Monday, 10 March 2014

A Letter From Warwick Brookes The Artist

Contained within the April 1st 1871 edition of The Manchester Guardian is an article as follows:

Honours To A Manchester Artist, - We have repeatedly alluded with great pleasure to the beautiful drawings in pencil and pen and ink by Mr. Warwick Brookes of this City, of single figures and groups of children. They have been seen at various local exhibitions. Recently Mr. Gladstone saw some of these drawings at the residence of Sir Walter James, and borrowed them to show to the Princess Louise. The Princess, who is known to be an accomplished amateur artist, showed them to the Queen, who expressed a desire to purchase some of Mr. Brookes's drawings. Her Majesty has selected four, and characterized them as 'really charming'. The Queen has also without solicitation, directed that Mr. Warwick Brookes's name should be added to the Civil List for the amount of £100 per annum. Portfolios of photographs from his sketches have also been purchased for The Royal Academy and for The South Kensington Museum. We are glad that our able and modest fellow-citizen is being thus appreciated.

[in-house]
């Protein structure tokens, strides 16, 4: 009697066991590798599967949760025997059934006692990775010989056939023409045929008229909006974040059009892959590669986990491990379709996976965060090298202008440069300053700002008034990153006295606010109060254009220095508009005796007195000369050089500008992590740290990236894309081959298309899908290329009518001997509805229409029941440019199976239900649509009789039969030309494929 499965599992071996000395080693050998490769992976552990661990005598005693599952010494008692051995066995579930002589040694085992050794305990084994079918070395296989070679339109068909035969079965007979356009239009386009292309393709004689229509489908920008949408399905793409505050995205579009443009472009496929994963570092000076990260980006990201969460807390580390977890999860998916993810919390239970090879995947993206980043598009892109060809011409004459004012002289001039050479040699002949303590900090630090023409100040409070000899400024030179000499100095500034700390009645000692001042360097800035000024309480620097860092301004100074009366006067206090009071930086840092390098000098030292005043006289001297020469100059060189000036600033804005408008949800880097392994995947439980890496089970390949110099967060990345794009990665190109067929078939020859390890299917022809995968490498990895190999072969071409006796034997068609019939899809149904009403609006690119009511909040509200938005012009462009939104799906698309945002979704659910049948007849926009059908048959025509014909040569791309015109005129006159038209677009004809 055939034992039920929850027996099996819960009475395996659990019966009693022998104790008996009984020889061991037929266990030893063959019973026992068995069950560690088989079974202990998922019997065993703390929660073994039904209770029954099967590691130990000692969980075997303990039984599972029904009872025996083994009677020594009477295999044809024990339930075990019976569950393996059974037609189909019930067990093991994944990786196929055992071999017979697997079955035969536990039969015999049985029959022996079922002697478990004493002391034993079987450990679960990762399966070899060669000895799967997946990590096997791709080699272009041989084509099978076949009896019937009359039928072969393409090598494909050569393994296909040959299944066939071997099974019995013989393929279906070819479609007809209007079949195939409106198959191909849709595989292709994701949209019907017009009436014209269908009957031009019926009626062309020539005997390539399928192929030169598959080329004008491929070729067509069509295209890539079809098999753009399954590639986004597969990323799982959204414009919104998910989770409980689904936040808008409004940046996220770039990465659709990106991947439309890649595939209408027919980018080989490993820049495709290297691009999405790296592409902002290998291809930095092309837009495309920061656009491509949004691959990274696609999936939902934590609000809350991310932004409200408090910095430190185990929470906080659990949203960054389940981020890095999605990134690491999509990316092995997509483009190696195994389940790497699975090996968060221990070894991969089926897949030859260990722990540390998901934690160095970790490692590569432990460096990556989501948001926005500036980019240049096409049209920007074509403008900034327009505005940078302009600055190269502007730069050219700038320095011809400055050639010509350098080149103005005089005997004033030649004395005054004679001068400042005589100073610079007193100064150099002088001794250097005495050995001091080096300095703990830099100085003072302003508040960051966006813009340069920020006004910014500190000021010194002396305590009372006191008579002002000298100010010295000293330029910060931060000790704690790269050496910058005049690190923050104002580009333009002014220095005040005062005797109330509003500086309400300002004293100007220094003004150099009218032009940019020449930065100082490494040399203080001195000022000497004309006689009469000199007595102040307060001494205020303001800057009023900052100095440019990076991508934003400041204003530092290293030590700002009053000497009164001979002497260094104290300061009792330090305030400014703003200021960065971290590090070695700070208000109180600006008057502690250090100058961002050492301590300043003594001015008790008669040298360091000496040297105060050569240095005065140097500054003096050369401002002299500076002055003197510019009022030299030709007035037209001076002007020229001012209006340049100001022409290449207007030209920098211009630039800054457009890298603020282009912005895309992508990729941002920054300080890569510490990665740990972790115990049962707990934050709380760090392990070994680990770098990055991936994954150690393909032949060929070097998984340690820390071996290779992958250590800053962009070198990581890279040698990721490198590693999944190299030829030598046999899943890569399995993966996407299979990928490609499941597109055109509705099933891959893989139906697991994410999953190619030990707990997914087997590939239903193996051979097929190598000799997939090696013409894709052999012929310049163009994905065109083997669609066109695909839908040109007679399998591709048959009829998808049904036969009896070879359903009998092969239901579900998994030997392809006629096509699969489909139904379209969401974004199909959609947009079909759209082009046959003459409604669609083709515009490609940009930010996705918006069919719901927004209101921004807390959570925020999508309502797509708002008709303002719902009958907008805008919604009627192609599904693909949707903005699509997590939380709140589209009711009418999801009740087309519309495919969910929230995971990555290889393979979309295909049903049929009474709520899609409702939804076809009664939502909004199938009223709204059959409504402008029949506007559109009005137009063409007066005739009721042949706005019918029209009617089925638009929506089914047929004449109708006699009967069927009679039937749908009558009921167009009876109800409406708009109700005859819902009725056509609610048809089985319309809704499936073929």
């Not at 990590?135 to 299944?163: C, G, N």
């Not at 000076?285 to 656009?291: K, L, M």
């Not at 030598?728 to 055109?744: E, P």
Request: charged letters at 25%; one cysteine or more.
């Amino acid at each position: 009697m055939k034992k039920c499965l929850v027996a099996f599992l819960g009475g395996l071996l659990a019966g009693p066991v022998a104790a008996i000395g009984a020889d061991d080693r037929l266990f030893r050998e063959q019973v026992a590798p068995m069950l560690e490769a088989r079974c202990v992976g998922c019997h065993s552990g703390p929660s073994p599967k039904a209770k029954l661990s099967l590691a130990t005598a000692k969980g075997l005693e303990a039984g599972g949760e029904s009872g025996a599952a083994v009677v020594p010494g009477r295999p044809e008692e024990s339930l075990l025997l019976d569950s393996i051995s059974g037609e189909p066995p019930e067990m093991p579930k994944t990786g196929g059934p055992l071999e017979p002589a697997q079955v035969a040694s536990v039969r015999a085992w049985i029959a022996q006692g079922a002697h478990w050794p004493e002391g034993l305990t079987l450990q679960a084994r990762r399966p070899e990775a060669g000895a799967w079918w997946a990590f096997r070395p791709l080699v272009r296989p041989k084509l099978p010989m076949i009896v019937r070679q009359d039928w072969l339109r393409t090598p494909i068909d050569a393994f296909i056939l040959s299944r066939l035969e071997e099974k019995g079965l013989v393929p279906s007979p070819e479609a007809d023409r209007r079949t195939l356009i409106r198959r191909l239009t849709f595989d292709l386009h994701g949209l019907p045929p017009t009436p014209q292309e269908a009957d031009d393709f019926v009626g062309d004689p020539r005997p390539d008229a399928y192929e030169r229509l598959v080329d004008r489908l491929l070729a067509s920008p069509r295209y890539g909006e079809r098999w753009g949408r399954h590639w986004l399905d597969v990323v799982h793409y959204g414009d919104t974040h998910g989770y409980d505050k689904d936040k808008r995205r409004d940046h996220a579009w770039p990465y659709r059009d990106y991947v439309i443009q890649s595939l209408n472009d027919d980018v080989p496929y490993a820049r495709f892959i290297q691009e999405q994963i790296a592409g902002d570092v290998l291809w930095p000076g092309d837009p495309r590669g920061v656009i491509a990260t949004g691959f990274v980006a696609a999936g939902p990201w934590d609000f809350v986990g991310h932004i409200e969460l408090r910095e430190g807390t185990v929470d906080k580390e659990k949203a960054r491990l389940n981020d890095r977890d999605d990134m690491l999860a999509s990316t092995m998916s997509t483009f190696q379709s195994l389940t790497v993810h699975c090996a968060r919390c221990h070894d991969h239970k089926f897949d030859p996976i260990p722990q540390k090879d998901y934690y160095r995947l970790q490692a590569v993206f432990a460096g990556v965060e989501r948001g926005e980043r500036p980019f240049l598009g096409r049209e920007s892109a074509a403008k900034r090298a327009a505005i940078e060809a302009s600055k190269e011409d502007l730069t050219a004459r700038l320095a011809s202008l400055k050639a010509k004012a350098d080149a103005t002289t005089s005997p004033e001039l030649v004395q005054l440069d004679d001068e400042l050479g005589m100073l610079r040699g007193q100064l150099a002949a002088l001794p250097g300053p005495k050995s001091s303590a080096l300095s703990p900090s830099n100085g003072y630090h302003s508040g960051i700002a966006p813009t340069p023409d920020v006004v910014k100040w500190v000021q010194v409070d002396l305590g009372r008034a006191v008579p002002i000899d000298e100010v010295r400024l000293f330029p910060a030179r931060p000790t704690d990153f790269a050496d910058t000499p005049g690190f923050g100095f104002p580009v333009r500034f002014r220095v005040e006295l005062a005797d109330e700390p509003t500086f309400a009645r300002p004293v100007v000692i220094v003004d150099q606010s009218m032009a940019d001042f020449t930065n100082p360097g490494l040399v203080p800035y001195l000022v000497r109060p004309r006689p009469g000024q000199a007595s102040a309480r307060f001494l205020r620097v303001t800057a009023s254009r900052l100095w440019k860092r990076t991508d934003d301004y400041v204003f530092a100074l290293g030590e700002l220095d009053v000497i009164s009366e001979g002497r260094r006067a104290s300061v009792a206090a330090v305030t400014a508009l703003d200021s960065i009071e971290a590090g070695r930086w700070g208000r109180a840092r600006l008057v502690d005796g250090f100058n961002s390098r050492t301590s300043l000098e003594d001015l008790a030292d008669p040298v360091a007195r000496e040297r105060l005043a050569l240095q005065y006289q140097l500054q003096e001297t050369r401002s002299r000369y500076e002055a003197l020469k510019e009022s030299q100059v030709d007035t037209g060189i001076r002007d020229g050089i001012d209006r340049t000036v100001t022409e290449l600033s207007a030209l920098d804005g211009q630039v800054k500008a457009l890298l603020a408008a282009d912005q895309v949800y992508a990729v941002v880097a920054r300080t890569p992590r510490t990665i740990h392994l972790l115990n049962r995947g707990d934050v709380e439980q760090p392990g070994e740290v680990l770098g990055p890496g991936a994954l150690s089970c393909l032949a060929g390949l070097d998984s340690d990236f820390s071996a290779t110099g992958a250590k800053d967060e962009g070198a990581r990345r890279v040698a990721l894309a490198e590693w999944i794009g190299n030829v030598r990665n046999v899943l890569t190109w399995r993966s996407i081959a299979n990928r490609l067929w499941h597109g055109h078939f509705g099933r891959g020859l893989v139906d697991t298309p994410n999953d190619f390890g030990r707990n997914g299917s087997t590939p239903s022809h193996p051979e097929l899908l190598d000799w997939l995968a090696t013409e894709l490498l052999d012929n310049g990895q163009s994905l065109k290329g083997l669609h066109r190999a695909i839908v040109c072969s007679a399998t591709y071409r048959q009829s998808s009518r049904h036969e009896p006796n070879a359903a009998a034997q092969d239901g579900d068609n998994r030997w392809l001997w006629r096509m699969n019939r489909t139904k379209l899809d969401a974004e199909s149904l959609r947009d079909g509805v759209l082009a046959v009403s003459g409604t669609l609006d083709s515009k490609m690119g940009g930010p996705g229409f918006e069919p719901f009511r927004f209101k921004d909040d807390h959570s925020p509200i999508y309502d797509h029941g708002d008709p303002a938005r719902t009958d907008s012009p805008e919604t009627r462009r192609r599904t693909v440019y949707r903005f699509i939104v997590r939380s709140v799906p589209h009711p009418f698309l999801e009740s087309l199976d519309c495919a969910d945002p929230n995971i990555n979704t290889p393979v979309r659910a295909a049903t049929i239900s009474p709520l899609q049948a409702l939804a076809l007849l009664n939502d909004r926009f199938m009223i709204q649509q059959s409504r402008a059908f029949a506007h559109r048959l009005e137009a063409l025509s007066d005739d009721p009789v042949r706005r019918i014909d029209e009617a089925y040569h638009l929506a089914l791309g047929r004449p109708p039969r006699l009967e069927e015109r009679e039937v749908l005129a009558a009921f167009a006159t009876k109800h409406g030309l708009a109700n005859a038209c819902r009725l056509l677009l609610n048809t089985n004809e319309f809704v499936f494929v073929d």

I have recently been lucky enough to find and acquire from a London dealer, an original letter from Warwick Brookes, artist, dated 8th April 1871. The letter is written by Brookes in the third person to one Miss Ida Rawlins, (who it appears had written to Brookes to request his autograph). Brookes explains that he is not the only Warwick Brookes in the district, but he has a nephew, also Warwick Brookes who is a photographer, but not much good at art. I can only imagine that Ida Rawlins had read the Manchester Guardian article on the 1st April, and as a result, had written to Brookes asking for his autograph, causing Brookes to reply on the 8th.

Funny how history comes together isn't it.

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